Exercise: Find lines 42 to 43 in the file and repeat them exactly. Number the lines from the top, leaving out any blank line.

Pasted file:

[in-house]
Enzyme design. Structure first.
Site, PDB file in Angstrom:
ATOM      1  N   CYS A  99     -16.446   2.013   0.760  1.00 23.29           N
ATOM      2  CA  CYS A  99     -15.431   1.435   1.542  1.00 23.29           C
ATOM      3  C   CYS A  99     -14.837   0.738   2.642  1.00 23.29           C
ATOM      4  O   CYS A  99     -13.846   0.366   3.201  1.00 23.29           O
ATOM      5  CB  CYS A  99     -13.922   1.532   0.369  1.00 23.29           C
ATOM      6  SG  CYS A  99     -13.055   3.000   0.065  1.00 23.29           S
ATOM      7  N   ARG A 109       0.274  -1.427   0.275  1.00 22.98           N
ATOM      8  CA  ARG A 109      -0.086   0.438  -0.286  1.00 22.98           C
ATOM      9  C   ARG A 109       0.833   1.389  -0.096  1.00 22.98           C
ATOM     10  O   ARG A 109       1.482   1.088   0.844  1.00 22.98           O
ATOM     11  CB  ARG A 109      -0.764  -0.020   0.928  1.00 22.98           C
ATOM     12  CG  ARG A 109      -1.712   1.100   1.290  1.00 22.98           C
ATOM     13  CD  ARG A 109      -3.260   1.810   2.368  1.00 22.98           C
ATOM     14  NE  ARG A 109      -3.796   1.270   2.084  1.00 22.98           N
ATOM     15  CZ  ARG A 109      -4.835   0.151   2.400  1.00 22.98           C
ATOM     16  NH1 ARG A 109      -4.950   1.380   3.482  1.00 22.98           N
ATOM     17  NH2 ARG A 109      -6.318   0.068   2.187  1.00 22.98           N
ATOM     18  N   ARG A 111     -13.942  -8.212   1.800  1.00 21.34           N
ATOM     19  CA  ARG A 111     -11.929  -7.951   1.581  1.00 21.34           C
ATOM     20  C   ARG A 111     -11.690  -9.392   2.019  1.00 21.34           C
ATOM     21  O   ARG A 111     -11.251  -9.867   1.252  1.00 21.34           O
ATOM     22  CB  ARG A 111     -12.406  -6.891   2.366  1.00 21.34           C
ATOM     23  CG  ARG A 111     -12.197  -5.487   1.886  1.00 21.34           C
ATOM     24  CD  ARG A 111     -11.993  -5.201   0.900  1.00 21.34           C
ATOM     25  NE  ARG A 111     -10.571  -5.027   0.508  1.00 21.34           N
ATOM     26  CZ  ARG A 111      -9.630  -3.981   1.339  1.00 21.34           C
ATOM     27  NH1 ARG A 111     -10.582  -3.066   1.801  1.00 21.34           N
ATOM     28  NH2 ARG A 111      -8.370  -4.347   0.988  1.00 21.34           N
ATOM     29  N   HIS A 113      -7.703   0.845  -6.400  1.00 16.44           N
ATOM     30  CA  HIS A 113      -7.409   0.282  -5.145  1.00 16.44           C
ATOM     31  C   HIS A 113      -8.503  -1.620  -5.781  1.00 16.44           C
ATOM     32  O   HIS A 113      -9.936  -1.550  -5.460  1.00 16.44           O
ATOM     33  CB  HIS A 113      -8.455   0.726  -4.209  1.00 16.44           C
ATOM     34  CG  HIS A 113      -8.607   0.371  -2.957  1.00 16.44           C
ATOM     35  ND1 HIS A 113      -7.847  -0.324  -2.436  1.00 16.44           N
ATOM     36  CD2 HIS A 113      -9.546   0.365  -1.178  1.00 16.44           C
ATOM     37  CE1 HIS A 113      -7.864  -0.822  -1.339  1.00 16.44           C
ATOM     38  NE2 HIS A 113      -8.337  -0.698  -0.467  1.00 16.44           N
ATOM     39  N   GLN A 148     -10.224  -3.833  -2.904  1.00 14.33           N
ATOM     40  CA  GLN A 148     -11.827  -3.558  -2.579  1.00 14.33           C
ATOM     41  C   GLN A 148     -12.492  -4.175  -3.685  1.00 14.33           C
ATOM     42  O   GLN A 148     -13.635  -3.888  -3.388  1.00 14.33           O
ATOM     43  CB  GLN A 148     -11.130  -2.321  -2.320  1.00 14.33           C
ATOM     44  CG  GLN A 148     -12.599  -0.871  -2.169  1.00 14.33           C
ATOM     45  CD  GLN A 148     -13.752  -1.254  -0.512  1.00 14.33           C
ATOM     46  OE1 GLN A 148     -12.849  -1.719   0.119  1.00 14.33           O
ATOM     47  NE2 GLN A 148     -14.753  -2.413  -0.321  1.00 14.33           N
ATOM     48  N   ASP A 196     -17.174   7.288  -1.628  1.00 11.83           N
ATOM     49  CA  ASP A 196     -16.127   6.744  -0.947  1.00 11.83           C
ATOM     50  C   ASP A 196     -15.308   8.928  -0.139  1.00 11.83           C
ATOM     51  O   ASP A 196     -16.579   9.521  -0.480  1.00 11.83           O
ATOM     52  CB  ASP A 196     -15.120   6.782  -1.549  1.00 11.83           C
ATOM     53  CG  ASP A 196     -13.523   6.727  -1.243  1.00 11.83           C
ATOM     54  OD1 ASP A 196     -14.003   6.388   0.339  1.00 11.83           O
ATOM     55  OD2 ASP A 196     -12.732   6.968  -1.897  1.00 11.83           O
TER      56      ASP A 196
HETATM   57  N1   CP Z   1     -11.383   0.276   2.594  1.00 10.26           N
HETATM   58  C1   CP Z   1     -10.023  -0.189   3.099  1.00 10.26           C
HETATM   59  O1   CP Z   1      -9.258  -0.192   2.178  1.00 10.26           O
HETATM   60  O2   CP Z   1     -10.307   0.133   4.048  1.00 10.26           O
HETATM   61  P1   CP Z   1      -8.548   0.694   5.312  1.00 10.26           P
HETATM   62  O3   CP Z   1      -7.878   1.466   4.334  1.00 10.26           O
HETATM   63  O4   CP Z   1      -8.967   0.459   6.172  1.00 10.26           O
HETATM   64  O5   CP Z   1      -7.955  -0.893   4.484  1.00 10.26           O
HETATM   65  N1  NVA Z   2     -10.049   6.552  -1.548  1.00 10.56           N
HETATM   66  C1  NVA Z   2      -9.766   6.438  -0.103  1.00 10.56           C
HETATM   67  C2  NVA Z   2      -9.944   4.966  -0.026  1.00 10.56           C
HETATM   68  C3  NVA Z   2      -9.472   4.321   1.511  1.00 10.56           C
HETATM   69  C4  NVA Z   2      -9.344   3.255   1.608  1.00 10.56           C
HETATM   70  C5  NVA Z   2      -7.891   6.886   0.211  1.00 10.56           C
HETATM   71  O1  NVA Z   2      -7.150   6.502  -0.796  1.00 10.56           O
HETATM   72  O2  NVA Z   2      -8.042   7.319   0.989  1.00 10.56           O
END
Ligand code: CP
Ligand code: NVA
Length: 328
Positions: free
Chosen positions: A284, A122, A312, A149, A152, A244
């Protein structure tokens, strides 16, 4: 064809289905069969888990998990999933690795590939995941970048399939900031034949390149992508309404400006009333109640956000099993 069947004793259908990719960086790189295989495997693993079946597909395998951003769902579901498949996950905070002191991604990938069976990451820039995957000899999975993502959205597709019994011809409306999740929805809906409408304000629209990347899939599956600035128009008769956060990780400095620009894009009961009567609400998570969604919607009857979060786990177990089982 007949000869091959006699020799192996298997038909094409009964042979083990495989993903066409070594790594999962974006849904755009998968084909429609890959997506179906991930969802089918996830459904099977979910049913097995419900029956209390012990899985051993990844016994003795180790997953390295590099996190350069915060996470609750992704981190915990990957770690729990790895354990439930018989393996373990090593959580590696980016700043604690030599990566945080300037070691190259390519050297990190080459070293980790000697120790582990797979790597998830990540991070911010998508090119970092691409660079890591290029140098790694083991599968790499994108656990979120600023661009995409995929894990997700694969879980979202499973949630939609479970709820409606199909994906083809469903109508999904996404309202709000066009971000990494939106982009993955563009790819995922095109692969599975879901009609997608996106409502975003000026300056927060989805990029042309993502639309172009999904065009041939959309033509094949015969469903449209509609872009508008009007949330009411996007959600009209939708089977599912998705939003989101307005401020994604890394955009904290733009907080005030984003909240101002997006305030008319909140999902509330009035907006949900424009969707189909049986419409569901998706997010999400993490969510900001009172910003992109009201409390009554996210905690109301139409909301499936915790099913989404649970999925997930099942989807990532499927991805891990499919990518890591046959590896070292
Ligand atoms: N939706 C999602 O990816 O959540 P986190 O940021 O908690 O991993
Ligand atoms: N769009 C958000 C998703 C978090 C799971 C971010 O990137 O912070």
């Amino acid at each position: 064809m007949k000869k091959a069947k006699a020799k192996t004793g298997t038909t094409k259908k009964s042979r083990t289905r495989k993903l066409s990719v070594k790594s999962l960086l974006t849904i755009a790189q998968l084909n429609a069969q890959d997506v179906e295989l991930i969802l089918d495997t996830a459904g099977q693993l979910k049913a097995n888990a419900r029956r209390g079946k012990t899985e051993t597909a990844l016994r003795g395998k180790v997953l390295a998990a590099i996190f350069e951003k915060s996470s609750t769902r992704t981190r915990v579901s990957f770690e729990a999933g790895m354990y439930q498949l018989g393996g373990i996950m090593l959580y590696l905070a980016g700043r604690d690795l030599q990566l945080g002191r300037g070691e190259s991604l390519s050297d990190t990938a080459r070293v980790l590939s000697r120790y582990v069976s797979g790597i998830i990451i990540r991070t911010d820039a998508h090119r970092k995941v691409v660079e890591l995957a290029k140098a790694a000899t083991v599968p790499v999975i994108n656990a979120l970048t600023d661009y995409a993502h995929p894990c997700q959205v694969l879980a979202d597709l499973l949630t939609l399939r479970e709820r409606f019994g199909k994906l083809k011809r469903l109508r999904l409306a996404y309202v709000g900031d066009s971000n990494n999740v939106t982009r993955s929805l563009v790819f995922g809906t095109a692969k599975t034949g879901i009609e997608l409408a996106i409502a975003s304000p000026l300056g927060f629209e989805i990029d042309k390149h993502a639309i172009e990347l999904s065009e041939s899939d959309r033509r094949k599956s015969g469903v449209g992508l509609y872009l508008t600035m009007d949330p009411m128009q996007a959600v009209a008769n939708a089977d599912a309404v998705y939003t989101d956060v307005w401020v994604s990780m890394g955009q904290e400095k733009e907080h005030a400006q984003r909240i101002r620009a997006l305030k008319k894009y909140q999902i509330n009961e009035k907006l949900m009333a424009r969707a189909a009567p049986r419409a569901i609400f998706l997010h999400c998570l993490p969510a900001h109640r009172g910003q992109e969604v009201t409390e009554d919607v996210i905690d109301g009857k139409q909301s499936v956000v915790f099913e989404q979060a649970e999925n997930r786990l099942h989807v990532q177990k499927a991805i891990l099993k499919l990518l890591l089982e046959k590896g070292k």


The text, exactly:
ATOM     39  N   GLN A 148     -10.224  -3.833  -2.904  1.00 14.33           N
ATOM     40  CA  GLN A 148     -11.827  -3.558  -2.579  1.00 14.33           C